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A partial solar eclipse occurred on July 30, 1935. A solar eclipse occurs when the Moon passes between Earth and the Sun, thereby totally or partly obscuring the image of the Sun for a viewer on Earth. A partial solar eclipse occurs in the polar regions of the Earth when the center of the Moon's shadow misses the Earth.

Solar eclipse of July 30, 1935
Type of eclipse
Maximum eclipse
Coordinates62°54′S 5°54′W / 62.9°S 5.9°W / -62.9; -5.9
Times (UTC)
Greatest eclipse9:16:28
Saros154 (2 of 71)
Catalog # (SE5000)9364

The eclipse occurred around 100 miles (160 km) offshore from Cape Town, the area of the southernmost of Africa and occurred in the area dividing the Atlantic and the Indian oceans, also a small part of northern Antarctica at the Indian Ocean was included.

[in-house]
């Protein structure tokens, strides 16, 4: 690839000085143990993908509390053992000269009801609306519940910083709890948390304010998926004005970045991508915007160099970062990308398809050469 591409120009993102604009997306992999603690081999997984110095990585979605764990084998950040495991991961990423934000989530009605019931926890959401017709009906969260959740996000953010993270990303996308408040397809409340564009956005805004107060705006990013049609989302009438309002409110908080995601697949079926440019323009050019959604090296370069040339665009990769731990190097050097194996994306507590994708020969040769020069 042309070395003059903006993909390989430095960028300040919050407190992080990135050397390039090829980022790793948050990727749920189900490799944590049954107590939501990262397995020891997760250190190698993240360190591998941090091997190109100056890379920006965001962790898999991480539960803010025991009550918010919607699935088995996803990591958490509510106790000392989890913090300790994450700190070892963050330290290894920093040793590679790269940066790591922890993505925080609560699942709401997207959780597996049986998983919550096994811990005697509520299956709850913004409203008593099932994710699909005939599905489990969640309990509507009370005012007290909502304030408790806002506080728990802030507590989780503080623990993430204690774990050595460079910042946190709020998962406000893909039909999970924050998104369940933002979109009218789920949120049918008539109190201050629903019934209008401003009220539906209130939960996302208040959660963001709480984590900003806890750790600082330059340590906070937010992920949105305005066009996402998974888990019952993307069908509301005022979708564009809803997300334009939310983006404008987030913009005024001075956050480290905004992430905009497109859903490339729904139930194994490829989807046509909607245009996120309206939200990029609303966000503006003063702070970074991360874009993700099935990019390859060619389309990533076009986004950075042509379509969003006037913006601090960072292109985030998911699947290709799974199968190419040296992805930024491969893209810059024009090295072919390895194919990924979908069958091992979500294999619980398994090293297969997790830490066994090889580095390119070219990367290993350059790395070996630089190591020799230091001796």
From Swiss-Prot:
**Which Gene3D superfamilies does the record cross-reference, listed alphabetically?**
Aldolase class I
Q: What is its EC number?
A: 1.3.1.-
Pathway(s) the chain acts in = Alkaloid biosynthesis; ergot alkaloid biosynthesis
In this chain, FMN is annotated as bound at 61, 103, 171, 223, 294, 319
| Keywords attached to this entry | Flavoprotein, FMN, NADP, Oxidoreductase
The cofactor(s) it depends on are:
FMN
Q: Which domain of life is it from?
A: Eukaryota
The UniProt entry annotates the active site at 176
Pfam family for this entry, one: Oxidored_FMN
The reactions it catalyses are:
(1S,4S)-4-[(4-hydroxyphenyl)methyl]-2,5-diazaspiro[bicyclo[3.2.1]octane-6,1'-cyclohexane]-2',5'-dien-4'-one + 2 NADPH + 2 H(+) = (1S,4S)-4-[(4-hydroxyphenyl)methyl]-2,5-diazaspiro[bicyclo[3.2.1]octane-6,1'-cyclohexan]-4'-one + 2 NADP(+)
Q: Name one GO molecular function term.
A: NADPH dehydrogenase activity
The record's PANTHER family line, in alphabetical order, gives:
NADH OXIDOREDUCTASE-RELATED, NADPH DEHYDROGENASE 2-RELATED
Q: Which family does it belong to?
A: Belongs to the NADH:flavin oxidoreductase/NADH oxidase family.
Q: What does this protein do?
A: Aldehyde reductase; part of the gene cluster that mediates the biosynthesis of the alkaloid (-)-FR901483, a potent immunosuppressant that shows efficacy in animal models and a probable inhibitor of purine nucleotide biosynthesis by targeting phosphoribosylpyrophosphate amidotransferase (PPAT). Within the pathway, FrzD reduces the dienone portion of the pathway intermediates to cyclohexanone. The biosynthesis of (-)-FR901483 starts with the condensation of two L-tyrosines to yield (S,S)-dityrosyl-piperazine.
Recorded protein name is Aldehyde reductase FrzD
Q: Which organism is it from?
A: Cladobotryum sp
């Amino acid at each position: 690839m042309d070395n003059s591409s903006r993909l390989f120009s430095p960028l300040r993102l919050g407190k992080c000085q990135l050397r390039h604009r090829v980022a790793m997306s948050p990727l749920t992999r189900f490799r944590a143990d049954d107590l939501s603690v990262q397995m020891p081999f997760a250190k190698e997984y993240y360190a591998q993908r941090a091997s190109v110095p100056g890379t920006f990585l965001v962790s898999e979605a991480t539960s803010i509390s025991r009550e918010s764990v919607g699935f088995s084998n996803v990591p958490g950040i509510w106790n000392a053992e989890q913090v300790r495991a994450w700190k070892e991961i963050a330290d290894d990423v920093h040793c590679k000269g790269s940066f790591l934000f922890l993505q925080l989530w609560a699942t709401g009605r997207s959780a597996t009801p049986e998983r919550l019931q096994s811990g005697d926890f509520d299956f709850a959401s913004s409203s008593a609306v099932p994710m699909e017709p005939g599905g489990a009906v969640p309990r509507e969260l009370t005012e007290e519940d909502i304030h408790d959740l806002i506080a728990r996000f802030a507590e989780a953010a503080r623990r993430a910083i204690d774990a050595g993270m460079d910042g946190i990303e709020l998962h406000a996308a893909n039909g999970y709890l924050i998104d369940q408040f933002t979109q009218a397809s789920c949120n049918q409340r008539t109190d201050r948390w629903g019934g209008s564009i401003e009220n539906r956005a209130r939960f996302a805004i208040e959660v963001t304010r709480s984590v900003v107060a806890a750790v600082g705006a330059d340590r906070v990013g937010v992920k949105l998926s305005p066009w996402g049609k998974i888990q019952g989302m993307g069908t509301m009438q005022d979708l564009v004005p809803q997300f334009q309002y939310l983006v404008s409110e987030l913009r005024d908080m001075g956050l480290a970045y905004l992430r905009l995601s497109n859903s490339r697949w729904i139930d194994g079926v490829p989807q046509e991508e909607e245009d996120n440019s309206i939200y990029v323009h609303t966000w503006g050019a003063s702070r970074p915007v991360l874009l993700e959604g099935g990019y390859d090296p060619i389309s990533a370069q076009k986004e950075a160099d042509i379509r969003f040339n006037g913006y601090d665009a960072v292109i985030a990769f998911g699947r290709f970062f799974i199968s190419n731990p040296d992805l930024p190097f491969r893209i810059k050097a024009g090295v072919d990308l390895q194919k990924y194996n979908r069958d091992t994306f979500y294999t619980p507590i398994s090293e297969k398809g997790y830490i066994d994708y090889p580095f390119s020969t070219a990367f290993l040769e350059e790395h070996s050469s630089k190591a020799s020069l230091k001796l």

Related eclipsesEdit

Solar eclipses 1931–1935Edit

This eclipse is a member of a semester series. An eclipse in a semester series of solar eclipses repeats approximately every 177 days and 4 hours (a semester) at alternating nodes of the Moon's orbit.[1]

See alsoEdit


  1. ^ van Gent, R.H. "Solar- and Lunar-Eclipse Predictions from Antiquity to the Present". A Catalogue of Eclipse Cycles. Utrecht University. Retrieved 6 October 2018.

External linksEdit